Reconsidering the Slave Community: Domestic Abuse and Sexual Violence in the African Diaspora

Saturday, January 9, 2016: 12:30 PM
Room A601 (Atlanta Marriott Marquis)
Tyler Dunsdon Parry, California State University, Fullerton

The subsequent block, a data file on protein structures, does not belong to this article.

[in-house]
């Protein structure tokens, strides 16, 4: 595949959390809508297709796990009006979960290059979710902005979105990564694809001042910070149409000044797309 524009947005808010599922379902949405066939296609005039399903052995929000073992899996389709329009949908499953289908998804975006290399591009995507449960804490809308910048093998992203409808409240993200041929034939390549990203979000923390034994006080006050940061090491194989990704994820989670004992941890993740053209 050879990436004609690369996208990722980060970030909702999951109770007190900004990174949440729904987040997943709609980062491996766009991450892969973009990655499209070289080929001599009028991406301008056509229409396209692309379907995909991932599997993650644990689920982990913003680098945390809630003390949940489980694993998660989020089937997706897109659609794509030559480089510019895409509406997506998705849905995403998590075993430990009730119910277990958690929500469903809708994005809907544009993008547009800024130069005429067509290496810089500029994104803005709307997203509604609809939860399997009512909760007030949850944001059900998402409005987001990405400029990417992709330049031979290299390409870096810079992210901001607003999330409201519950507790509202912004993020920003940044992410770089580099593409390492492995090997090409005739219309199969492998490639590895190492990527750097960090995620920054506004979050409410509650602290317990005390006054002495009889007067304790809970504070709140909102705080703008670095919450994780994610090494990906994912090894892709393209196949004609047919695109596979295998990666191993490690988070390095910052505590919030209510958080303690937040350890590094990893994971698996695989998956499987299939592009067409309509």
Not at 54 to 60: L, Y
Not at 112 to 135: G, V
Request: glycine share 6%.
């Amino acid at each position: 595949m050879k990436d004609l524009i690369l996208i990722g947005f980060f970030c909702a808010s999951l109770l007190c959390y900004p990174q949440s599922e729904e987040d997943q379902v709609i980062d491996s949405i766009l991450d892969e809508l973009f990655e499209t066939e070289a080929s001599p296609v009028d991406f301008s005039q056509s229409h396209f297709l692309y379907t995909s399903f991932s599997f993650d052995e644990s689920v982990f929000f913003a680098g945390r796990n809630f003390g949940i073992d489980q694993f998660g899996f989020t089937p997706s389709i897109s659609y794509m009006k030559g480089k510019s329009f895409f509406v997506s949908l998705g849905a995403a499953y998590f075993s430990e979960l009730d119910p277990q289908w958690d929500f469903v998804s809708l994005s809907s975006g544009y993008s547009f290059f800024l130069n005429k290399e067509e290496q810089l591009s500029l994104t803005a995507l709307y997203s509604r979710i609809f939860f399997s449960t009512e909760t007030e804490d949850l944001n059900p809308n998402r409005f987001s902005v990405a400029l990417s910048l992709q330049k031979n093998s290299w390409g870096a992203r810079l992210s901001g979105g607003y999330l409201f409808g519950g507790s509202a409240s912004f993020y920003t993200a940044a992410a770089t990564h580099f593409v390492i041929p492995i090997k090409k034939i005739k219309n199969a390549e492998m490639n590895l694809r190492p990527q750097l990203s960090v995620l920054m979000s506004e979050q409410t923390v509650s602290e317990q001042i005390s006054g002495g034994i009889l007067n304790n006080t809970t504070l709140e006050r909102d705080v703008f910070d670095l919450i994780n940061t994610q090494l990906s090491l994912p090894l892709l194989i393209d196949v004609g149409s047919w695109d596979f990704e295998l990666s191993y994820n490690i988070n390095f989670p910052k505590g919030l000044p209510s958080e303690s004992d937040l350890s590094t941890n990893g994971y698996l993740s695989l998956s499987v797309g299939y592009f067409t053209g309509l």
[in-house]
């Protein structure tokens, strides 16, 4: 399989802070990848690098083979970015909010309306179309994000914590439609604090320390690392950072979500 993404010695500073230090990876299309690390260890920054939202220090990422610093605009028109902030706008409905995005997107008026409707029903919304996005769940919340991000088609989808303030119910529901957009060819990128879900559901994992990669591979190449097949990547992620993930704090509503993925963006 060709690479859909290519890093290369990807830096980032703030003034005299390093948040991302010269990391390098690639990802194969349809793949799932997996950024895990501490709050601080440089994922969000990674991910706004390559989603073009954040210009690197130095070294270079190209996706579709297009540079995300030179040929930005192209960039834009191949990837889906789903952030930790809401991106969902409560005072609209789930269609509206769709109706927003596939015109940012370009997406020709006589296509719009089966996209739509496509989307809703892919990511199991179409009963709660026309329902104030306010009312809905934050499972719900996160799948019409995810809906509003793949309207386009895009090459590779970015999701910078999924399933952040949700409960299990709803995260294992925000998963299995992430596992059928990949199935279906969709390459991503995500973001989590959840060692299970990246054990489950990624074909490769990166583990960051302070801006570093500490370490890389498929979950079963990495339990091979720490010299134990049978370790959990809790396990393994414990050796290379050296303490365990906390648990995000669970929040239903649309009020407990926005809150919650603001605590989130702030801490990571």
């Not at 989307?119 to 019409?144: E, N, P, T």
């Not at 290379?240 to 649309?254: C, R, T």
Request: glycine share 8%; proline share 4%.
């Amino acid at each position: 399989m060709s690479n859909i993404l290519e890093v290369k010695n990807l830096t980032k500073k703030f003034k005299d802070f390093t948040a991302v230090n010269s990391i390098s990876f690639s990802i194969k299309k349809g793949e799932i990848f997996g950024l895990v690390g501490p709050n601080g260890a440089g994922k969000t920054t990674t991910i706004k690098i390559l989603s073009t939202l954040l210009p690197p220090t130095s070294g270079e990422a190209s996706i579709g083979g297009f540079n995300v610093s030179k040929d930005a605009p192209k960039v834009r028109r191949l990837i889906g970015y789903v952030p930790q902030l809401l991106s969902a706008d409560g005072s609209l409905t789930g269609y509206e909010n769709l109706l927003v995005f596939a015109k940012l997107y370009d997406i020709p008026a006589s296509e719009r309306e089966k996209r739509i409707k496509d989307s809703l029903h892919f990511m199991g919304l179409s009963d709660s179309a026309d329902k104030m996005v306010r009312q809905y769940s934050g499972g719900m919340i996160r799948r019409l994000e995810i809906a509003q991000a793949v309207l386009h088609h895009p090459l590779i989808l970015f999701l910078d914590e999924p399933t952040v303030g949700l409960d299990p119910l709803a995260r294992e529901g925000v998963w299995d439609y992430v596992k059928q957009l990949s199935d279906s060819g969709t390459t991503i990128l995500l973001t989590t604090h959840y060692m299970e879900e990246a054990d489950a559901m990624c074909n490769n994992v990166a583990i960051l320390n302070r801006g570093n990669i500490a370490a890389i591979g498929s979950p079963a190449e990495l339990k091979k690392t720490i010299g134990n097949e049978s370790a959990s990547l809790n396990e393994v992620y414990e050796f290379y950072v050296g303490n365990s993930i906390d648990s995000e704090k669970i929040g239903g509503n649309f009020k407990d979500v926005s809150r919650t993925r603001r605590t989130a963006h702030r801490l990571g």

Using gender as the primary category of analysis, this paper (re)assesses the intersections between violence, domesticity, and race in Anglophone slave societies. In analyzing slave marriages I specifically reconsider traditional understandings of the “slave community”, arguing that enslaved marital partners were often privy to private disputes and public conflicts. While past scholarship correctly emphasizes that violence is a critical element for understanding slavery’s brutality, issues of intra-racial violence among slaves of African descent have yet to receive adequate attention. However, when viewing plantation journals, slave narratives, artistic depictions, and court documents in Western African, the West Indies, and the US South it is apparent that instances of domestic violence and sexual abuse happened with some frequency within the slave quarters. This paper uses sources from slave societies throughout the Atlantic world to further contextualize the precarious position of enslaved women. Specifically, I show how enslaved men, seeking to claim some semblance of masculinity in their condition, committed acts of wife-battering, assault, and sexual violence upon enslaved women. Such actions were noticed by planters, legislators, and former slaves, all of whom suggested these events were not uncommon among enslaved couples. At times, enslaved men were even empowered by the plantation master or overseer to commit such violence. Conversely, I also show that while enslaved women endured such abuses, they also resisted these infractions using various methods, including physically confronting their abusers, gaining favor among other slaves to secure protection, or alerting higher authorities to their marital predicaments.